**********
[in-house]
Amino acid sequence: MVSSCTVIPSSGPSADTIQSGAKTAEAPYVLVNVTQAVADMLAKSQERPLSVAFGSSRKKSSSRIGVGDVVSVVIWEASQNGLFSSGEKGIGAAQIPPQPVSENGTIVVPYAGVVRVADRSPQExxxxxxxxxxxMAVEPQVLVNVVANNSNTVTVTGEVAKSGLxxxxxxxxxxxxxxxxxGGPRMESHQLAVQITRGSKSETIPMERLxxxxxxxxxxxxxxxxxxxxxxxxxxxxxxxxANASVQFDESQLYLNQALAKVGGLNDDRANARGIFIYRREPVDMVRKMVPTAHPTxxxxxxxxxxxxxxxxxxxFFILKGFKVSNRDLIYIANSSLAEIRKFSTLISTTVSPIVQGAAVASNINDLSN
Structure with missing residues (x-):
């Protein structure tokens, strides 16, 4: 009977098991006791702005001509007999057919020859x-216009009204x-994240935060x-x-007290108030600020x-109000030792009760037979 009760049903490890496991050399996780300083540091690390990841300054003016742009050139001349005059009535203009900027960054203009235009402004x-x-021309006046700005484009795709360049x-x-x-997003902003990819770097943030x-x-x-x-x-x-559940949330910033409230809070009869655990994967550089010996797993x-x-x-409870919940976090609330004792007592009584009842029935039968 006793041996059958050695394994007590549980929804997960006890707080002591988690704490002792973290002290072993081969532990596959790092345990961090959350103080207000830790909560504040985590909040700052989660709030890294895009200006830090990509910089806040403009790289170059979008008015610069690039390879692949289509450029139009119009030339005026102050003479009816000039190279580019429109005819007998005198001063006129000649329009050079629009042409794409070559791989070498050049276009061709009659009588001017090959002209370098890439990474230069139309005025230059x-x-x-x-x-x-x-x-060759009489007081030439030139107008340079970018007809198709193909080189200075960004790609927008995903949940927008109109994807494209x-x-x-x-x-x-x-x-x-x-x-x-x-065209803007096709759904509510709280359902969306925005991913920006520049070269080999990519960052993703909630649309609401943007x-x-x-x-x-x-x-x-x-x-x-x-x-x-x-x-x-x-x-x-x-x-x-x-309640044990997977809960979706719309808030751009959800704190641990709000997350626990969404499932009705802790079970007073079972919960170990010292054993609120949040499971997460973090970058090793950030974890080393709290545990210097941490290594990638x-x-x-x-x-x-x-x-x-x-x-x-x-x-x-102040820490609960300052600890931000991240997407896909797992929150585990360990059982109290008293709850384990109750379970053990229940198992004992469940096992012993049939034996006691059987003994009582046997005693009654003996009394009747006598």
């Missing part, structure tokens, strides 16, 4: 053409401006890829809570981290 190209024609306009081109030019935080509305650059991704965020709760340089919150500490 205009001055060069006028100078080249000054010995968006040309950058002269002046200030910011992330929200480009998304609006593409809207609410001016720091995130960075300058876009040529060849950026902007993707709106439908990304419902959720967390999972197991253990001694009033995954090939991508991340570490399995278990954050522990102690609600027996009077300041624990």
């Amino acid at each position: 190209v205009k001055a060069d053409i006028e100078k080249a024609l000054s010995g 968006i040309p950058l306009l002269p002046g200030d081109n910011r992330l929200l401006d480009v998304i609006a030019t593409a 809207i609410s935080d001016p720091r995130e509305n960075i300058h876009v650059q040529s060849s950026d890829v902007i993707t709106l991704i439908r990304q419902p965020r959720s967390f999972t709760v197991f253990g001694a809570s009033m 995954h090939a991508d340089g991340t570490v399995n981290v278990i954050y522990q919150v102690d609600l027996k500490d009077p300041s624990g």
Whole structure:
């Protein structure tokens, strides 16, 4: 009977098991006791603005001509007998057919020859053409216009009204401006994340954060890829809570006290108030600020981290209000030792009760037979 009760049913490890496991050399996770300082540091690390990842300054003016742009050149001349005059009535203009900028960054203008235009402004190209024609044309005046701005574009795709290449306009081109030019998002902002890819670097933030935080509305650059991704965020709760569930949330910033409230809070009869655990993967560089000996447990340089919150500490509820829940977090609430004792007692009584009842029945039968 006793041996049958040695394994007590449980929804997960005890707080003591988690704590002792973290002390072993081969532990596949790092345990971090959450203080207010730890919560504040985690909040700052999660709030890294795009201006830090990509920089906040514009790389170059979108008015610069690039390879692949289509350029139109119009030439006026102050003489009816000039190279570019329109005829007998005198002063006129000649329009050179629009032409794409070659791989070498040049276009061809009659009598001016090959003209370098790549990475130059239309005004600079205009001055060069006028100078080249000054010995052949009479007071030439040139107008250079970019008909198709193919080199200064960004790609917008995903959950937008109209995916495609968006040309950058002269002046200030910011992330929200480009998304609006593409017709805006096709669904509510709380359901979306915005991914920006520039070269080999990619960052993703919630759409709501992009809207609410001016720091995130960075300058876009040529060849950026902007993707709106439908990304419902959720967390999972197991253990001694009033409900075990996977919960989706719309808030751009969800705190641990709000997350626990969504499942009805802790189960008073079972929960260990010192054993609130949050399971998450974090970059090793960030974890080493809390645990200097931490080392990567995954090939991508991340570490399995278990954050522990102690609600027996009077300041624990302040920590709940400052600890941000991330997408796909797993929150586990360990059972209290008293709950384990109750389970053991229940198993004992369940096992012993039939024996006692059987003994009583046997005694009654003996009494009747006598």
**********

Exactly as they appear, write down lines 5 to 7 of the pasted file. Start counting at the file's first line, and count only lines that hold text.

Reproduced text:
């Missing part, structure tokens, strides 16, 4: 053409401006890829809570981290 190209024609306009081109030019935080509305650059991704965020709760340089919150500490 205009001055060069006028100078080249000054010995968006040309950058002269002046200030910011992330929200480009998304609006593409809207609410001016720091995130960075300058876009040529060849950026902007993707709106439908990304419902959720967390999972197991253990001694009033995954090939991508991340570490399995278990954050522990102690609600027996009077300041624990």
């Amino acid at each position: 190209v205009k001055a060069d053409i006028e100078k080249a024609l000054s010995g 968006i040309p950058l306009l002269p002046g200030d081109n910011r992330l929200l401006d480009v998304i609006a030019t593409a 809207i609410s935080d001016p720091r995130e509305n960075i300058h876009v650059q040529s060849s950026d890829v902007i993707t709106l991704i439908r990304q419902p965020r959720s967390f999972t709760v197991f253990g001694a809570s009033m 995954h090939a991508d340089g991340t570490v399995n981290v278990i954050y522990q919150v102690d609600l027996k500490d009077p300041s624990g």
Whole structure: